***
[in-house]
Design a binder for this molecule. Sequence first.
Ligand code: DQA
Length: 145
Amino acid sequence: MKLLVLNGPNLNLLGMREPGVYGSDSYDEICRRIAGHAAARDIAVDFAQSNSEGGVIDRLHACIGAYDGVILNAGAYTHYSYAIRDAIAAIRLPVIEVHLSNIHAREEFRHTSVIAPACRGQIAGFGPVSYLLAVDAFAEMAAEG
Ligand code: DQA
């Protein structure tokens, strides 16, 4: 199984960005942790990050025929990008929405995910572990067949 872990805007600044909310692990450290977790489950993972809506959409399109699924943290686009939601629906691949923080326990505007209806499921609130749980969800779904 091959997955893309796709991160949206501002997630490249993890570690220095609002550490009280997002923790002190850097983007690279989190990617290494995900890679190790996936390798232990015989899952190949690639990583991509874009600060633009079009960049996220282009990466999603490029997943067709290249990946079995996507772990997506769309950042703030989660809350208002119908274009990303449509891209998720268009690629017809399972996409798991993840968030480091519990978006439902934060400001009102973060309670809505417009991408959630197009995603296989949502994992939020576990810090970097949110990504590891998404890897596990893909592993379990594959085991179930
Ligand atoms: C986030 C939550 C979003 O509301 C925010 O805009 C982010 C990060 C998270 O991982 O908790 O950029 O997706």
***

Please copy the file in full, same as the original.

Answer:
[in-house]
Design a binder for this molecule. Sequence first.
Ligand code: DQA
Length: 145
Amino acid sequence: MKLLVLNGPNLNLLGMREPGVYGSDSYDEICRRIAGHAAARDIAVDFAQSNSEGGVIDRLHACIGAYDGVILNAGAYTHYSYAIRDAIAAIRLPVIEVHLSNIHAREEFRHTSVIAPACRGQIAGFGPVSYLLAVDAFAEMAAEG
Ligand code: DQA
């Protein structure tokens, strides 16, 4: 199984960005942790990050025929990008929405995910572990067949 872990805007600044909310692990450290977790489950993972809506959409399109699924943290686009939601629906691949923080326990505007209806499921609130749980969800779904 091959997955893309796709991160949206501002997630490249993890570690220095609002550490009280997002923790002190850097983007690279989190990617290494995900890679190790996936390798232990015989899952190949690639990583991509874009600060633009079009960049996220282009990466999603490029997943067709290249990946079995996507772990997506769309950042703030989660809350208002119908274009990303449509891209998720268009690629017809399972996409798991993840968030480091519990978006439902934060400001009102973060309670809505417009991408959630197009995603296989949502994992939020576990810090970097949110990504590891998404890897596990893909592993379990594959085991179930
Ligand atoms: C986030 C939550 C979003 O509301 C925010 O805009 C982010 C990060 C998270 O991982 O908790 O950029 O997706």